Jul 3, 2010

The Making of Predators, Casting the Human Predators

Jul 3, 2010

The Making of Predators, Casting the Human Predators

Walton Goggins was cast as tattoo-covered, feral Walter Stans, a serial killer who thinks of himself as a rock star. “Walt has an energy that allows him to be funny in one moment, terrifying in the next,” says Antal. “You’re laughing with him and then you’re afraid of him. Every time Walt was on camera, all I could see was the crew slowly coming behind the monitors to watch him play. You don’t need coffee if you have Walt Goggins.”

Antal had cast Goggins, but Rodriguez was at the time unfamiliar with the actor’s acclaimed work on “The Shield” and other projects. Additionally, the character as scripted was still a work in progress. “I thought we were going to have to overhaul the character and go in an entirely different direction,” Rodriguez remembers. “And it was a predicament because Nimrod had already hired Walt. So, I said let’s just fly him down so I can at least say to him face to face, ‘Look, I’m sorry, we’re just changing the part radically, I’m not happy with it.” And Walt was an incredible collaborator and talent. He was my kind of actor – willing to do whatever it took to make the part work. He just started trying different things right then and there, bouncing off the walls with energy. He basically recreated that entire character of Stans from the ground up right there in the room. He created a very original character.”

“Stans has spent sixteen years on death row,” explains Goggins. “The first images that he sees outside of a prison cell of an alien jungle are just a little over-stimulating for him. He fancies himself the only celebrity on this new planet of terror and thinks that people should be asking him for his autograph. He’s dark, but also I think rather funny and pessimistic.”

A San Quentin orange jumpsuit and multiple tattoos, including a Scorpion tattoo on his neck, helped Goggins get into character. He spent on average of an hour and half in the make-up chair on a daily basis to maintain the fake body art. “The tattoos made me feel very authentic. It’s been interesting walking around, both Hawaii and Austin, with them on. You get the help that you need in stores and restaurants. You don’t get the help that you want, people are not helping you out of kindness. They’re helping you out of fear,” laughs Goggins.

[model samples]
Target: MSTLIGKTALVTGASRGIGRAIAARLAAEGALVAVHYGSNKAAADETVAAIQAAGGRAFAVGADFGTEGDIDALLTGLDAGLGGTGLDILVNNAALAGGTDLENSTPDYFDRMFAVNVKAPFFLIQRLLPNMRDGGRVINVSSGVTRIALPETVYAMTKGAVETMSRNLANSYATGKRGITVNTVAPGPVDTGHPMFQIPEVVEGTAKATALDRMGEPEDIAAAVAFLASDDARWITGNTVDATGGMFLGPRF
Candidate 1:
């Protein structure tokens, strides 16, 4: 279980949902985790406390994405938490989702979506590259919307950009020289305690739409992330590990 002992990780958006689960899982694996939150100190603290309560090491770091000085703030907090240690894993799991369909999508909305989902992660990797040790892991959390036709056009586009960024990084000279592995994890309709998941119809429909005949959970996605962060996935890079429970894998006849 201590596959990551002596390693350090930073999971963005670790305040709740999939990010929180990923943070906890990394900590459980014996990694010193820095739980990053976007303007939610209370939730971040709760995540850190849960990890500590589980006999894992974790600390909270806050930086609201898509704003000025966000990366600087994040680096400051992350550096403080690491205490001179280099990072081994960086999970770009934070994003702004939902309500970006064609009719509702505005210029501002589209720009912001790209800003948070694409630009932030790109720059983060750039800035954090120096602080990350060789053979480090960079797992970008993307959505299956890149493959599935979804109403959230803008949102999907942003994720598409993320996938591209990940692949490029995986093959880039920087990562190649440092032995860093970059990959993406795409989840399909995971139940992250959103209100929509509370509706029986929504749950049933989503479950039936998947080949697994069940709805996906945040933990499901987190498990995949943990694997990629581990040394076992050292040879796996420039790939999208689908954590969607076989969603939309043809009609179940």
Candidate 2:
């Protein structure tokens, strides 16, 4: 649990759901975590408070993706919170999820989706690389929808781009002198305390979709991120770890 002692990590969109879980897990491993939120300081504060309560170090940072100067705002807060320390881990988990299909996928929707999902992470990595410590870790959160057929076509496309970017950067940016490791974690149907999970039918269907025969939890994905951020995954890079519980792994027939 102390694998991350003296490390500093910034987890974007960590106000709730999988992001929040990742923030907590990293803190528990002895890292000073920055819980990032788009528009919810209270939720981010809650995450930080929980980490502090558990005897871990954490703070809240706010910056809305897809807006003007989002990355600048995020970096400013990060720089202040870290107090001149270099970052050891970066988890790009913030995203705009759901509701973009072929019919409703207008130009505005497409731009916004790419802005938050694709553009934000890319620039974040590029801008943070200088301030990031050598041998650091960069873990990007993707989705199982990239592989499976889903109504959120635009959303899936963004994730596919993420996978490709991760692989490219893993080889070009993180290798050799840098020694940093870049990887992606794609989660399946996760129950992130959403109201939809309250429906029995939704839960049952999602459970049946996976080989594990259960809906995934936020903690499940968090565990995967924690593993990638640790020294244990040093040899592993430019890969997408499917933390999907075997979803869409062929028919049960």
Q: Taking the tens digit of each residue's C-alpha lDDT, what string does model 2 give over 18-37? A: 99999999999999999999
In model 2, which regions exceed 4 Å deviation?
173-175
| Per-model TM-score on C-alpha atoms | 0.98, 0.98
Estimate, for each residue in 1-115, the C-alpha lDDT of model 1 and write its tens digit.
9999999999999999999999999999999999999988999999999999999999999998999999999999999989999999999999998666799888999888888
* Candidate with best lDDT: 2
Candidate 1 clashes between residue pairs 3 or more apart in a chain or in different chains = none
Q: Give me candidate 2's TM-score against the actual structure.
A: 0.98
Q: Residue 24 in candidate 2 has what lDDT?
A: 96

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Jun 21, 2010

Cowboys and Aliens lassos another: Walton Goggins joins cast

Jun 21, 2010

Cowboys and Aliens lassos another: Walton Goggins joins cast

It’s great being a character actor. You don’t have to go through the ups and downs of an A-list star or worry about your star distinguishing and being left for dead by Hollywood. If you make a name – or face – for yourself, you just keep on working…

Walton Goggins is a great case in point. The man’s been at it since the early 90s, appearing in over 50 movies and t.v. shows. He’s mostly been a “that guy”, but now he’s turning into “ohhhh THAT guy!”, which is perhaps the highest achievement for a character actor. Most recently, he’s had big turns in the t.v. shows “The Shield” and “Justified”, and he’s soon to be seen in Fox’s PREDATORS. Slowly but surely, he’s getting out there in bigger, cooler projects.

Goggins has just nabbed another plum role, this time in Jon Favreau’s COWBOYS AND ALIENS. It’s not been revealed just what role he’ll be tackling, but my first guess would be someone shady, as is his forte. Still, being on a set with Daniel Craig, Harrison Ford and Olivia Wilde (pictured below) must be so awesome, you probably wouldn’t mind being typecast. Typecasting can be a character actor’s best friend…

COWBOYS AND ALIENS opens in July 2011.

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Jun 21, 2010

Walton set to be in Cowboys and Aliens!

Jun 21, 2010

Walton set to be in Cowboys and Aliens!

After galvanizing the first season of the FX series Justified with a character that morphed from avowed enemy of Tim Olyphant’s federal Marshall Raylan Givens, into a not entirely trustworthy wingman, Walton Goggins will spend his hiatus time shooting at extraterrestrials. He’s joined the cast of the DreamWorks/Universal film Cowboys and Aliens, which shoots this summer with Harrison Ford and Daniel Craig starring. Goggins, who’ll also be seen shortly in Fox’s Predators, will then hopefully reprise his Boyd Crowder character, since Justified was renewed for a second season.

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Jun 16, 2010

Guest stars who made big impressions

Jun 16, 2010

Guest stars who made big impressions

And yet, reincarnation is exactly what happened to Goggins, whose bank-robbing Boyd went from shot dead at the end of the “Justified” pilot (which was also the conclusion of Elmore Leonard’s original short story, which the show is based on), to a recovered thorn in Kentucky lawman Raylan Givens’ side in the hit cable drama.